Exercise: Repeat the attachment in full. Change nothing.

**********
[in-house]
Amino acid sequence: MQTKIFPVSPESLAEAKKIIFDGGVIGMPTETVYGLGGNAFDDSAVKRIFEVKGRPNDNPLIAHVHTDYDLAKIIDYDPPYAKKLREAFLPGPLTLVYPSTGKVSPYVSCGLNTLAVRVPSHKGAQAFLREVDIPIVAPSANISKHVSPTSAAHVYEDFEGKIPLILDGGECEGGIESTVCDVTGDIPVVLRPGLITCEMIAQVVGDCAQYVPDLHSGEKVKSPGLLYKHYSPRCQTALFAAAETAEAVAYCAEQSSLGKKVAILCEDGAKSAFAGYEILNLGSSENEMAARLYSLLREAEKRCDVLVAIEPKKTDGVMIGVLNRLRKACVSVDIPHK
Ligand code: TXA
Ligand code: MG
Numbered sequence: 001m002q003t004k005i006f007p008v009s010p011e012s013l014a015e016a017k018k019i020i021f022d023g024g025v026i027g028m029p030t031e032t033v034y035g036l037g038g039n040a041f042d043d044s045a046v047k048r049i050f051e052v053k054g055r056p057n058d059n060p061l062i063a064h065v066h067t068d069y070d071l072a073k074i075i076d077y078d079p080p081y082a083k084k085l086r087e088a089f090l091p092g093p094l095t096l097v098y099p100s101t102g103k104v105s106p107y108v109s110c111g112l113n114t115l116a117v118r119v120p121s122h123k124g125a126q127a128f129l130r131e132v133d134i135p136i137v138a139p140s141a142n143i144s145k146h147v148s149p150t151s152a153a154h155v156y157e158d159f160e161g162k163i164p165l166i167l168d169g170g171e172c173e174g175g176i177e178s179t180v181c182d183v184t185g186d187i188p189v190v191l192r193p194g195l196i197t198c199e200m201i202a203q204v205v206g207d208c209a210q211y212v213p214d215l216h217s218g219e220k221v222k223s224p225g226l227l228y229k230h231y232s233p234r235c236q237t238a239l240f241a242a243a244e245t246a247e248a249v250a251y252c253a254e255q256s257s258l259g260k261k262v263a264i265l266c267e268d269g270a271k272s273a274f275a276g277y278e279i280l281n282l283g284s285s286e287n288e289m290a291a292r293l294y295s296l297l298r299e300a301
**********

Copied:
[in-house]
Amino acid sequence: MQTKIFPVSPESLAEAKKIIFDGGVIGMPTETVYGLGGNAFDDSAVKRIFEVKGRPNDNPLIAHVHTDYDLAKIIDYDPPYAKKLREAFLPGPLTLVYPSTGKVSPYVSCGLNTLAVRVPSHKGAQAFLREVDIPIVAPSANISKHVSPTSAAHVYEDFEGKIPLILDGGECEGGIESTVCDVTGDIPVVLRPGLITCEMIAQVVGDCAQYVPDLHSGEKVKSPGLLYKHYSPRCQTALFAAAETAEAVAYCAEQSSLGKKVAILCEDGAKSAFAGYEILNLGSSENEMAARLYSLLREAEKRCDVLVAIEPKKTDGVMIGVLNRLRKACVSVDIPHK
Ligand code: TXA
Ligand code: MG
Numbered sequence: 001m002q003t004k005i006f007p008v009s010p011e012s013l014a015e016a017k018k019i020i021f022d023g024g025v026i027g028m029p030t031e032t033v034y035g036l037g038g039n040a041f042d043d044s045a046v047k048r049i050f051e052v053k054g055r056p057n058d059n060p061l062i063a064h065v066h067t068d069y070d071l072a073k074i075i076d077y078d079p080p081y082a083k084k085l086r087e088a089f090l091p092g093p094l095t096l097v098y099p100s101t102g103k104v105s106p107y108v109s110c111g112l113n114t115l116a117v118r119v120p121s122h123k124g125a126q127a128f129l130r131e132v133d134i135p136i137v138a139p140s141a142n143i144s145k146h147v148s149p150t151s152a153a154h155v156y157e158d159f160e161g162k163i164p165l166i167l168d169g170g171e172c173e174g175g176i177e178s179t180v181c182d183v184t185g186d187i188p189v190v191l192r193p194g195l196i197t198c199e200m201i202a203q204v205v206g207d208c209a210q211y212v213p214d215l216h217s218g219e220k221v222k223s224p225g226l227l228y229k230h231y232s233p234r235c236q237t238a239l240f241a242a243a244e245t246a247e248a249v250a251y252c253a254e255q256s257s258l259g260k261k262v263a264i265l266c267e268d269g270a271k272s273a274f275a276g277y278e279i280l281n282l283g284s285s286e287n288e289m290a291a292r293l294y295s296l297l298r299e300a301